The ICOE said the government and the military “must continue their respective investigations, taking into account the ECVT’s findings,” referring to its Evidence Collection and Verification Team.
It highlighted that more than a dozen case files “provide a basis for the requisite further investigations by the Union Attorney General’s Office and the Office of the Judge Advocate General” under the report’s 31 annexes.
According to advocate U Aung Thein, finding evidence to support prosecutions of alleged human rights abuses will be the key to legally proving that the rights abuses happened. He said there “may still be some challenges” to prosecution given that many of the local residents had fled to Bangladesh.
“It is important that the prosecution should be right and systematic,” he told The Irrawaddy, because the Attorney General’s Office has taken account of the cases, which are no longer merely domestic affairs, but have become matters of international concern involving Bangladesh and the UN’s International Court of Justice.
On Tuesday, President U Win Myint said he concurred with the commission’s recommendations, and had forwarded the ICOE’s report to military chief Senior General Min Aung Hlaing for use in investigating and prosecuting the military personnel responsible.
Thet Office of the Commander-in-Chief of Defense Services (Army Chief’s Office) also said on Tuesday that the military cooperated with the ICOE and was committed to following its recommendations, including that further investigations be conducted.
The ICOE report was released just two days shy of the International Court of Justice’s ruling on whether to approve The Gambia’s request that provisional measures be taken against Myanmar. The small African nation filed a lawsuit with the court accusing Myanmar of committing genocide against the Rohingya.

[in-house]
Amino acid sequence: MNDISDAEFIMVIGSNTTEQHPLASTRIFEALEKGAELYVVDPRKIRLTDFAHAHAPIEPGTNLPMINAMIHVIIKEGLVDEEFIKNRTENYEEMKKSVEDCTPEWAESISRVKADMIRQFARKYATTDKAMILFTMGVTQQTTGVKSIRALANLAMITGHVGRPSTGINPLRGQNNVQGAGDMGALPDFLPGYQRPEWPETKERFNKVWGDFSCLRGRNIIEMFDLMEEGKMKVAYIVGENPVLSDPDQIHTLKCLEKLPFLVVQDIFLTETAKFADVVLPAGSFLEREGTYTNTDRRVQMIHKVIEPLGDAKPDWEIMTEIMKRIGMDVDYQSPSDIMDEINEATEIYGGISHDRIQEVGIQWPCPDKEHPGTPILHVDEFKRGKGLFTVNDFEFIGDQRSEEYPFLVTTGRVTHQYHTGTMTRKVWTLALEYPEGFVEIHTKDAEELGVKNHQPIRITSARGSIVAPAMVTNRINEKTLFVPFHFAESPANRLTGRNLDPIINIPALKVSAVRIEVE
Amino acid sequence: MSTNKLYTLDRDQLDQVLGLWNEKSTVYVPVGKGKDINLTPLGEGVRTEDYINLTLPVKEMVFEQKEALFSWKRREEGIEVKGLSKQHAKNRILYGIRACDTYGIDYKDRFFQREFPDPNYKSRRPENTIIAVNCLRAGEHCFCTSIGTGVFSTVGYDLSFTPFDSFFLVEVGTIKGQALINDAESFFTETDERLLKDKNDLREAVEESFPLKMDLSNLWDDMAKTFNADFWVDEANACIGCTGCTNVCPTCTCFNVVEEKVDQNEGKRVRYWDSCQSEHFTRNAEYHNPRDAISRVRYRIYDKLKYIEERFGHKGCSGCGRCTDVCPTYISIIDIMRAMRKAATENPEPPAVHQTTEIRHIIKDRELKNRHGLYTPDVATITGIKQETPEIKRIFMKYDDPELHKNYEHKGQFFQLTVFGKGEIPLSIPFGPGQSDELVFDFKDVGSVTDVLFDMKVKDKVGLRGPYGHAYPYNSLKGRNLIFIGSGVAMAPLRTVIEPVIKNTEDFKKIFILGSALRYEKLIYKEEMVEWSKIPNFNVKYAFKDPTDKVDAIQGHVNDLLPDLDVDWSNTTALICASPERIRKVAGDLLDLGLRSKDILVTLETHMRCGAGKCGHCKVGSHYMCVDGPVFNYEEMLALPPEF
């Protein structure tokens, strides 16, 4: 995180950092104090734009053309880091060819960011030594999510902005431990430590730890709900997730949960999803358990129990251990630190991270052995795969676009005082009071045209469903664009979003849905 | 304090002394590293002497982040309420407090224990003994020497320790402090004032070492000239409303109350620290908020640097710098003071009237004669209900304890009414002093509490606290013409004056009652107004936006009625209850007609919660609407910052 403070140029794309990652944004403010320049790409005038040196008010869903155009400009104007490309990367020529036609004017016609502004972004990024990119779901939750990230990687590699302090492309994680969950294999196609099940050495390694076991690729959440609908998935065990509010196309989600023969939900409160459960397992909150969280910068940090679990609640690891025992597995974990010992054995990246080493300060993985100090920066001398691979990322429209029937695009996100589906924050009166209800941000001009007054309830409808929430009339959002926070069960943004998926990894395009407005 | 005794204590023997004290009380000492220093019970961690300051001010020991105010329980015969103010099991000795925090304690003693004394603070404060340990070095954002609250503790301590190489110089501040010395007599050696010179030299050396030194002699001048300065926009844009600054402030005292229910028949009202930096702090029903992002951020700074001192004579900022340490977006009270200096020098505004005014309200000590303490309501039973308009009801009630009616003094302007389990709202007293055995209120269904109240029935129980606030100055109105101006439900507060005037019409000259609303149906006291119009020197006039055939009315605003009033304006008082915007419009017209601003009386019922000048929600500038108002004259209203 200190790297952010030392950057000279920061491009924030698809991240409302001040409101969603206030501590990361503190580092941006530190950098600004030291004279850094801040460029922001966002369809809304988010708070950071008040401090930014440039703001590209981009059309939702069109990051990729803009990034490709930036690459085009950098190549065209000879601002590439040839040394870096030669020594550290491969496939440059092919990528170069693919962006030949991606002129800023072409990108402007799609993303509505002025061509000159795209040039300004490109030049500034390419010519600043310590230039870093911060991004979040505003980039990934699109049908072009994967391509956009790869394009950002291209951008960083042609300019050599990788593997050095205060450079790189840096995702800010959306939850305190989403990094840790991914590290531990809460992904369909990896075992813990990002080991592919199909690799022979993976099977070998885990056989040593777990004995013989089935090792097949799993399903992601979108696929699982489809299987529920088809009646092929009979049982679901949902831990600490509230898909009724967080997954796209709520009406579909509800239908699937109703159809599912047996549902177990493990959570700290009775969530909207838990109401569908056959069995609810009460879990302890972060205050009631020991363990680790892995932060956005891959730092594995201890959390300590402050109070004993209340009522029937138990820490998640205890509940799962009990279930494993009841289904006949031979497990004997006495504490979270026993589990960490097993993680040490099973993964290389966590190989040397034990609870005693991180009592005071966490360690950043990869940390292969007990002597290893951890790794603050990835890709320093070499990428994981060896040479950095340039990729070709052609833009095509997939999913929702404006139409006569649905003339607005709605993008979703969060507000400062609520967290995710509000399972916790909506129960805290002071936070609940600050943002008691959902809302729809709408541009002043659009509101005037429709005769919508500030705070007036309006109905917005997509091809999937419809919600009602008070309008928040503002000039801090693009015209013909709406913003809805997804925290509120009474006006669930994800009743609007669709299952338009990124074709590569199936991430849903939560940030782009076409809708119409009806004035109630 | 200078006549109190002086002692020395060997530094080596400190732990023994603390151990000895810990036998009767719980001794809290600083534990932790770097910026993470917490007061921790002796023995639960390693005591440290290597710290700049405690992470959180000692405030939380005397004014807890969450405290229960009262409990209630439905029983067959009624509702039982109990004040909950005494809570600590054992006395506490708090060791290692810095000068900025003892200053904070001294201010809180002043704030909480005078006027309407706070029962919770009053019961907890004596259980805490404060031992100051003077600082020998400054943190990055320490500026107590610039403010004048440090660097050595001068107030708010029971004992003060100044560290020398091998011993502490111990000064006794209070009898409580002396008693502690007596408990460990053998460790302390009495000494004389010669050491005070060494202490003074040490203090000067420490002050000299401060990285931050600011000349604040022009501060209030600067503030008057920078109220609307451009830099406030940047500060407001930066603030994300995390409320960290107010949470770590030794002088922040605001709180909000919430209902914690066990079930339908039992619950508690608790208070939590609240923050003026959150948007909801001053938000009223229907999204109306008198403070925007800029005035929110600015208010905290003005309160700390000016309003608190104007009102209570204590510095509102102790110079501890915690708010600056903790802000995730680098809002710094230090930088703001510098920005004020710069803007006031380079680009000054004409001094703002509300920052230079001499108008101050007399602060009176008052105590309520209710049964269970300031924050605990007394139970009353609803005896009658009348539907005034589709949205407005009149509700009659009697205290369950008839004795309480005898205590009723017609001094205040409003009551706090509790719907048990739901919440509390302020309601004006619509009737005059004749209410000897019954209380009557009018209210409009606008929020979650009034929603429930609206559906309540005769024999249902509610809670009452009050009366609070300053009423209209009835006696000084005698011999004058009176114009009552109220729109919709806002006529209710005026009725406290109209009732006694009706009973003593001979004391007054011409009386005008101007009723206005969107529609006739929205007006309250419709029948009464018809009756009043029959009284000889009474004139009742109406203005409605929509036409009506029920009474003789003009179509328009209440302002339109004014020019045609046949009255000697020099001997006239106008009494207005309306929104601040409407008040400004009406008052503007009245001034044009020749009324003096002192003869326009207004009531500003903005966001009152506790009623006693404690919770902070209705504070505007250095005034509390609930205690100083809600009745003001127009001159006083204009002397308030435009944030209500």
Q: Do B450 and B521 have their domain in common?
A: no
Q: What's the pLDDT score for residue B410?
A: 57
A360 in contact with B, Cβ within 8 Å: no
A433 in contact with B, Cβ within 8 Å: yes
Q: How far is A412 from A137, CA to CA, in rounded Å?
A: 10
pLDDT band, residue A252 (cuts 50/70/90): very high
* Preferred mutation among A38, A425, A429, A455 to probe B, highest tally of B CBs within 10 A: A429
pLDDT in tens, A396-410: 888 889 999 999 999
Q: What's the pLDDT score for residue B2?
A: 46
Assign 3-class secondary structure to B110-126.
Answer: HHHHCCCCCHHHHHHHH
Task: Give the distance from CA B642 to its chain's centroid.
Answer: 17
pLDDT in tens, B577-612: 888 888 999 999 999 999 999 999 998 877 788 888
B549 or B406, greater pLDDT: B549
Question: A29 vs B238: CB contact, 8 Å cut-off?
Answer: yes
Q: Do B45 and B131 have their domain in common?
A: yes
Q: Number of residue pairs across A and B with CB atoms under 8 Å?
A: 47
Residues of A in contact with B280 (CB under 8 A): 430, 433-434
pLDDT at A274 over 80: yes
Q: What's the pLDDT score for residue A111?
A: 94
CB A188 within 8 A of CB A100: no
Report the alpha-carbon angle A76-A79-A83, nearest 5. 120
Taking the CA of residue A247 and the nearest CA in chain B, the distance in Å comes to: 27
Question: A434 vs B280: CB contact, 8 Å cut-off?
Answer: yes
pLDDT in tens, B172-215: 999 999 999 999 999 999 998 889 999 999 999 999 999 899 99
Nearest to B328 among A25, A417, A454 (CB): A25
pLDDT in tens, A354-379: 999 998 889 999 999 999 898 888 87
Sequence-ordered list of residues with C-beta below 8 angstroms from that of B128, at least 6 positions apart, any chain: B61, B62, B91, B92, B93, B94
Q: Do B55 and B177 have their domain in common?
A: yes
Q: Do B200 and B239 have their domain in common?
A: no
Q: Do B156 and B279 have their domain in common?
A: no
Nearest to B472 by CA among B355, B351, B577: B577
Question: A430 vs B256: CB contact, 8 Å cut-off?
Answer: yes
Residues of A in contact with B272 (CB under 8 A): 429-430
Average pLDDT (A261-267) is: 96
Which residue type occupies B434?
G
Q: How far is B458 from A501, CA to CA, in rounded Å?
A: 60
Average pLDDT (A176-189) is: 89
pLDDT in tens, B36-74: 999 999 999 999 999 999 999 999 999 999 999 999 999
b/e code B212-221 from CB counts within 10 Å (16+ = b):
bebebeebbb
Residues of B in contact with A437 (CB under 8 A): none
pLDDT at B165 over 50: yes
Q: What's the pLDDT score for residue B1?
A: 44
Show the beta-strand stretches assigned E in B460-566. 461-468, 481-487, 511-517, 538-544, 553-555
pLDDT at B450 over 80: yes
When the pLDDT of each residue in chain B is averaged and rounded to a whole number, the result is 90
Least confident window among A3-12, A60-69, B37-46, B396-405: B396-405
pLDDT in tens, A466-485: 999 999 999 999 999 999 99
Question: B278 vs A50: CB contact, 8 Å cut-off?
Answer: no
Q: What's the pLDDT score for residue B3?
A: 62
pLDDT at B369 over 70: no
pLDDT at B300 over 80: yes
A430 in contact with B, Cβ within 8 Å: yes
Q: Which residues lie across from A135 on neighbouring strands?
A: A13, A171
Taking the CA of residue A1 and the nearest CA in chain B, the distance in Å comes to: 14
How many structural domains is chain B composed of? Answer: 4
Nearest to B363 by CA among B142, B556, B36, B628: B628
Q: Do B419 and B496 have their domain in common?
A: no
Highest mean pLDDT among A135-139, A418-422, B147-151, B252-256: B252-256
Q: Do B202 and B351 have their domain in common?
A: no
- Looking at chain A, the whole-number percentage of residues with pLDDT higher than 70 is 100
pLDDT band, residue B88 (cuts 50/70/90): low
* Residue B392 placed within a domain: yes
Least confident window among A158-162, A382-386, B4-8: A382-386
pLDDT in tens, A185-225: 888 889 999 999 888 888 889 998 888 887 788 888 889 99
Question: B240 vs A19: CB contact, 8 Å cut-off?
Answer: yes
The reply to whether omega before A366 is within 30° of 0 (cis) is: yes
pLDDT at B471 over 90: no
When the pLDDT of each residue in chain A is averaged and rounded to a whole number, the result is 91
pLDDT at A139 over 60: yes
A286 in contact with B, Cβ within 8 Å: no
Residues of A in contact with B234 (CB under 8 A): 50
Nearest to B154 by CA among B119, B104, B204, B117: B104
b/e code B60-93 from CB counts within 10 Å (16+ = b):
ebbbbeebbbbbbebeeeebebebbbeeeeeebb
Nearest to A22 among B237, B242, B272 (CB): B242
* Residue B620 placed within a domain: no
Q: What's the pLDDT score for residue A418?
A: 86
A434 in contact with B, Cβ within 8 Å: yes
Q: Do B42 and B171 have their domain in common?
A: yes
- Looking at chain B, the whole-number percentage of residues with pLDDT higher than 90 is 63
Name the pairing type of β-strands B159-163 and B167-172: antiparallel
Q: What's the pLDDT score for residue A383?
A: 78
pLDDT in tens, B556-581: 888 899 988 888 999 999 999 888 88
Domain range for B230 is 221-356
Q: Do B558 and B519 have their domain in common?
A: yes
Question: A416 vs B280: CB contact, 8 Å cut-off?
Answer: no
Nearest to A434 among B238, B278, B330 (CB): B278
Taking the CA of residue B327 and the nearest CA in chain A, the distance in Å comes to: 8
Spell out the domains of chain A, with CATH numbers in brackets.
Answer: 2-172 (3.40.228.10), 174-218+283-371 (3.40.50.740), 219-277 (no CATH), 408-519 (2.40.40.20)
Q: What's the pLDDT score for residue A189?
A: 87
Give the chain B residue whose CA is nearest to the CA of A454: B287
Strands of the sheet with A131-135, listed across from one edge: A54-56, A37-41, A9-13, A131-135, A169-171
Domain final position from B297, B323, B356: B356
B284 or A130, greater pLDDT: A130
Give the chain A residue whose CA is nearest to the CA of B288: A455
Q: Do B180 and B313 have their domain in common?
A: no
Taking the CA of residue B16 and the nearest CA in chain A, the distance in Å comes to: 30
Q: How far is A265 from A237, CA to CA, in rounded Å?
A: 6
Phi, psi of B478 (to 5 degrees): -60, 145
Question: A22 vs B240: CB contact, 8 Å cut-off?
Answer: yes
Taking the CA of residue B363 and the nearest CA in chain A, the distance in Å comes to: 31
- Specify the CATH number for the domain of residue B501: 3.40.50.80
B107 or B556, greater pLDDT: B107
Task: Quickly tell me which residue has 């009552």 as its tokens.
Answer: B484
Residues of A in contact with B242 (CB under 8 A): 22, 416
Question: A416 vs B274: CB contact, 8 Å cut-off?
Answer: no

During public hearings at the court in December, Myanmar State Counselor Daw Aung San Suu Kyi told the judges there would be more courts martial after the ICOE submitted its final report.
U Thein Than Oo, another advocate, said that while he welcomed the fact that the government is taking seriously the issues in northern Rakhine State, any further investigations and prosecutions by the Attorney General’s Office needed to be “transparent”, adding that “the cases need to be brought before tribunals made up of respected individuals.”
“In Myanmar, we have many ongoing cases under investigation, before both civilian courts and courts martial, and the question is how accurate and independent these enquires are,” he added.
U Thein Than Oo told The Irrawaddy that, “as an independent lawyer, I reckon the ICOE is not so trustworthy … as the Myanmar government appointed the members. Even if the findings were accurate, it does not have independence. Therefore its image is not good.”
The ICOE’s findings proved that there were human rights abuses and action needed to be taken against the perpetrators, he added.
“I don’t think all military men were involved in rights abuses, but those who did commit crimes deserve to be prosecuted,” he said.
“Besides, the government needs to enhance international cooperation, especially with the UN’s independent Fact-Finding Mission, instead of only working together with those who support it,” he said.